Objectives: Online sports gambling has become an increasingly popular feature of male youth culture and fandom in recent decades. Fuelled by advances in mobile app technologies and the liberalisation of state regulations on advertising, this ‘gamblification’ of sport has given rise to a global industry promoting gambling as a knowledge-based, risk-free leisure activity. This study examined how the growth of online sports gambling has impacted on gambling behaviours among young adult men in the UK and how it may pose new risks concerning the normalisation of gambling behaviours. Study design: The study used a multiphased qualitative research design. Methods: The study was conducted with 32 adult men (aged 18–35 years) across two sites, Derry, Northern Ireland, and Bristol, England. It comprised three phases of data collection: participatory focus groups, a 30-day gambling diary and semistructured interviews. Results: Four main themes emerged. First, data suggest that gambling has become a normalised aspect of sports fandom for male youth demographics, many of whom view the casual wagering of money as vital to their enjoyment of sport. Second, the perceived ‘facelessness’ of sports gambling platforms via mobile app technologies was reported to increase inclination to engage in sports betting. Third, ‘free bet’ incentives and in-play promotions play a significant role as a mechanism of inducement towards sports gambling practices. Fourth was the potential role of online sports gambling as a gateway to gambling-related harms, including financial precarity, indebtedness, mortgage defaults, family breakdown, loss of employment and mental health struggles. Conclusion: Online sports gambling has significant public health implications, particularly for male youth demographics. Policymakers in the UK should consider stronger regulation of gambling-related advertising and sponsorship in sport, independent risk assessments of sports gambling products and a commitment to safeguarding youth demographics from gambling-related harm in a digital age.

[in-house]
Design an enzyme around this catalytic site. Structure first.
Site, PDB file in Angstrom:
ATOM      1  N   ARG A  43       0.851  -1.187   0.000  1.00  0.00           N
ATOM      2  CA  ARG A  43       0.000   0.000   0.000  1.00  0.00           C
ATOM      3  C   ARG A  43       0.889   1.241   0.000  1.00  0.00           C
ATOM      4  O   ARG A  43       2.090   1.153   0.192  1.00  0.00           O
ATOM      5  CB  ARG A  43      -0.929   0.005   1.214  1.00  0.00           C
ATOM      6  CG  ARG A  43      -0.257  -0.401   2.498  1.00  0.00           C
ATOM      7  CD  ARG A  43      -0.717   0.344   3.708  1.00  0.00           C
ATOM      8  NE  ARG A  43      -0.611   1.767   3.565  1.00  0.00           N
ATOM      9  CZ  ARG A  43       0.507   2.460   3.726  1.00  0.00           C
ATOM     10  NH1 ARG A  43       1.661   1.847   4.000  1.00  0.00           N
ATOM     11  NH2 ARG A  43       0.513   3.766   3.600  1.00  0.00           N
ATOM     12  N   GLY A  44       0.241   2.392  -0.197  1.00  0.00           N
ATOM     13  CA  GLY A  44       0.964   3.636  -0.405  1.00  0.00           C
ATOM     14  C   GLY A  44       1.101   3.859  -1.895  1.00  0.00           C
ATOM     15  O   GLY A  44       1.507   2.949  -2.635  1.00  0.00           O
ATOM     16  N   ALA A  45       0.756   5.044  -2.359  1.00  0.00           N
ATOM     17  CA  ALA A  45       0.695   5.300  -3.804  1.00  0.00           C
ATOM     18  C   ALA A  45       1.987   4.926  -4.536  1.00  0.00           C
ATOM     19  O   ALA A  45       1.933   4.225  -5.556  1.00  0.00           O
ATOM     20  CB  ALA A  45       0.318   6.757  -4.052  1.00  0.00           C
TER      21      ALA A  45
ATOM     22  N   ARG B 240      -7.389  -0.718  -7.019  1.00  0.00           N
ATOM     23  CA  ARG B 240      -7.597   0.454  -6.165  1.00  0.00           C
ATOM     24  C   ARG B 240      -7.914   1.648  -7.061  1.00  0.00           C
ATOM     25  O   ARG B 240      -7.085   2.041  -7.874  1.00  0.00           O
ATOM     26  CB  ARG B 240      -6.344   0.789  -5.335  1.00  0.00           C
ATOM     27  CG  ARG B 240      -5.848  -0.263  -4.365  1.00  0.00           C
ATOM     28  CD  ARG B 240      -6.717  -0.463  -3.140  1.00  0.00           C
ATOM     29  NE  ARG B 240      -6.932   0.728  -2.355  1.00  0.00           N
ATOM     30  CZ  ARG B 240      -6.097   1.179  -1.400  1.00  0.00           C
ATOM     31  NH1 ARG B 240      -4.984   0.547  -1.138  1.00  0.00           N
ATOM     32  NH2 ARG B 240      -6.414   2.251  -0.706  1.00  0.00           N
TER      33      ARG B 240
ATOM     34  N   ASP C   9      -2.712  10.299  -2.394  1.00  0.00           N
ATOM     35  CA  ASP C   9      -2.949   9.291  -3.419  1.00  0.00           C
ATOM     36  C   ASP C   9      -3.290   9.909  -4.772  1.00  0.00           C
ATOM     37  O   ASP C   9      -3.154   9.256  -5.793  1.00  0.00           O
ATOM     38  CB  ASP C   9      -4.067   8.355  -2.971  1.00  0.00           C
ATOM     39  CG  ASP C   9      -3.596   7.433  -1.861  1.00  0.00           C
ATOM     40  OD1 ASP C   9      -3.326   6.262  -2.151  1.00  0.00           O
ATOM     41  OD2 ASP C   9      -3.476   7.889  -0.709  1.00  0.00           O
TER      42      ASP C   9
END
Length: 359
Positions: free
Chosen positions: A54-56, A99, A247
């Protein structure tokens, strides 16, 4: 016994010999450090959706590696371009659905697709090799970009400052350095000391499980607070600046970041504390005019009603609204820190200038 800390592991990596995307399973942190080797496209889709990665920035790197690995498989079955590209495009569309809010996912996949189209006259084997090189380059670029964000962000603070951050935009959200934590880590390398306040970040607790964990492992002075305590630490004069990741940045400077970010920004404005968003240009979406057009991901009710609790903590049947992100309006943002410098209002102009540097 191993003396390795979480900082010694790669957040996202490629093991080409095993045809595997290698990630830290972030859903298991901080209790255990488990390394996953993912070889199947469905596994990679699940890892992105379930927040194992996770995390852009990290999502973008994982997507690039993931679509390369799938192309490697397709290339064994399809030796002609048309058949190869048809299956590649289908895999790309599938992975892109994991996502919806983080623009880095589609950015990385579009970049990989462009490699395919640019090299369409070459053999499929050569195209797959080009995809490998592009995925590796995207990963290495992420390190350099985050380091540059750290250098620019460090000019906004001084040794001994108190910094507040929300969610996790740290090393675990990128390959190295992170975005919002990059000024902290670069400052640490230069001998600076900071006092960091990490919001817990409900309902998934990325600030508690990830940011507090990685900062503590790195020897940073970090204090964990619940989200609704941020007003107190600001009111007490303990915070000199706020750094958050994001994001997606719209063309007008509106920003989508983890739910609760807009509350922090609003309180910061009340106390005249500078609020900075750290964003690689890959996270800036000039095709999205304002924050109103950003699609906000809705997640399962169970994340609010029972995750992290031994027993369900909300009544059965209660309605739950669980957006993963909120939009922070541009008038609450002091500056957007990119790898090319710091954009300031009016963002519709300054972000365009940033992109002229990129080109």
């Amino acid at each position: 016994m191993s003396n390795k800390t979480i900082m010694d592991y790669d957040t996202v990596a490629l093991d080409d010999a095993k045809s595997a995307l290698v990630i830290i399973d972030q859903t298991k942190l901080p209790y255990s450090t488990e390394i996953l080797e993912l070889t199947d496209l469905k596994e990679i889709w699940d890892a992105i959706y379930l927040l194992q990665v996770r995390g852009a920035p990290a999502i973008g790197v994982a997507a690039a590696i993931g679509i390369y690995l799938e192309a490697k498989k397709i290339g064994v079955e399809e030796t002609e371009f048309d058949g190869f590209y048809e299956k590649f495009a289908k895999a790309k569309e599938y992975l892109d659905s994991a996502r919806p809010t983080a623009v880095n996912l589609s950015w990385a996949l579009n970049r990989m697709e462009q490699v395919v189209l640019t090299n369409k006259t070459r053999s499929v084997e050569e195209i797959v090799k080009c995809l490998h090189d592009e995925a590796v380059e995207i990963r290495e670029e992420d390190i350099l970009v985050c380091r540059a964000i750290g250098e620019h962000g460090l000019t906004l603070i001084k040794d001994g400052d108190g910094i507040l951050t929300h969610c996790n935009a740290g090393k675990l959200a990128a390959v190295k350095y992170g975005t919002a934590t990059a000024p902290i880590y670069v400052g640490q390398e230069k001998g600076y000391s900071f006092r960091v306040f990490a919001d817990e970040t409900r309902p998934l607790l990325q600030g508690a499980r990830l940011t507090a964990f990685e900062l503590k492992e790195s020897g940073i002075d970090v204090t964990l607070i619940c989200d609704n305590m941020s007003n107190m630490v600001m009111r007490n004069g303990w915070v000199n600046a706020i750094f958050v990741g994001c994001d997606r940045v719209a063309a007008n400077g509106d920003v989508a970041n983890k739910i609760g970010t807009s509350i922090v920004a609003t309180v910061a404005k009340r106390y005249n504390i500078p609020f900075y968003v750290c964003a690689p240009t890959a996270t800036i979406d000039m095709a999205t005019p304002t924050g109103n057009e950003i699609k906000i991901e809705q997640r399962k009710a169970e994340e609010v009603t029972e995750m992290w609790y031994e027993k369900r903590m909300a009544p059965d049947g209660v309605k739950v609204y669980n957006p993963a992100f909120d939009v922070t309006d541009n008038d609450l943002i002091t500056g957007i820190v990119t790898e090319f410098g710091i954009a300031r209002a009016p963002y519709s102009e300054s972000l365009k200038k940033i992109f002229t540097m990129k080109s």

- Public health
- Young people
ASJC Scopus subject areas
- Public Health, Environmental and Occupational Health